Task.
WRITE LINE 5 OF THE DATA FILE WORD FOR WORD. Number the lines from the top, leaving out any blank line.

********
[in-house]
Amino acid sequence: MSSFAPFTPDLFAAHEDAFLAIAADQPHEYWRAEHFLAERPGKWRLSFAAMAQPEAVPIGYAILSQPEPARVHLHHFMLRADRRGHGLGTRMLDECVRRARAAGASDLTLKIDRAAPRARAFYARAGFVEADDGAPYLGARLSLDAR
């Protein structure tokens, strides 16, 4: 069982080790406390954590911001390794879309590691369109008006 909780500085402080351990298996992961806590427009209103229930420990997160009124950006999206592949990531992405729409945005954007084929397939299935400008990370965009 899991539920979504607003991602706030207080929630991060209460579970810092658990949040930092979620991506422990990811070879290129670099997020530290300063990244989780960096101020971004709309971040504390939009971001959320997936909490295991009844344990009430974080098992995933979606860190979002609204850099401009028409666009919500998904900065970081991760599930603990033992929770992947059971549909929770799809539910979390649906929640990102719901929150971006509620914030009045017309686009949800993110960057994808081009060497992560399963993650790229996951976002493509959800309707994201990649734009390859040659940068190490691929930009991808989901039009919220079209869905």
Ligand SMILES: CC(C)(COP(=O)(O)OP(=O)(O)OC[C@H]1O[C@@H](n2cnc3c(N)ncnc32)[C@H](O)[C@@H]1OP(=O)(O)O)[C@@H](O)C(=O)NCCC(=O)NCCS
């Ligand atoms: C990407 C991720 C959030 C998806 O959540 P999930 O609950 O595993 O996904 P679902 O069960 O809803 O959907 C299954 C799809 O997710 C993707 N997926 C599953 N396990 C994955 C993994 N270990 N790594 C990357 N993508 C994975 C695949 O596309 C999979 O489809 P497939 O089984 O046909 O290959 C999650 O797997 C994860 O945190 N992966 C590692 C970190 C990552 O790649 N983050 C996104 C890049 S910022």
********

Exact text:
């Ligand atoms: C990407 C991720 C959030 C998806 O959540 P999930 O609950 O595993 O996904 P679902 O069960 O809803 O959907 C299954 C799809 O997710 C993707 N997926 C599953 N396990 C994955 C993994 N270990 N790594 C990357 N993508 C994975 C695949 O596309 C999979 O489809 P497939 O089984 O046909 O290959 C999650 O797997 C994860 O945190 N992966 C590692 C970190 C990552 O790649 N983050 C996104 C890049 S910022």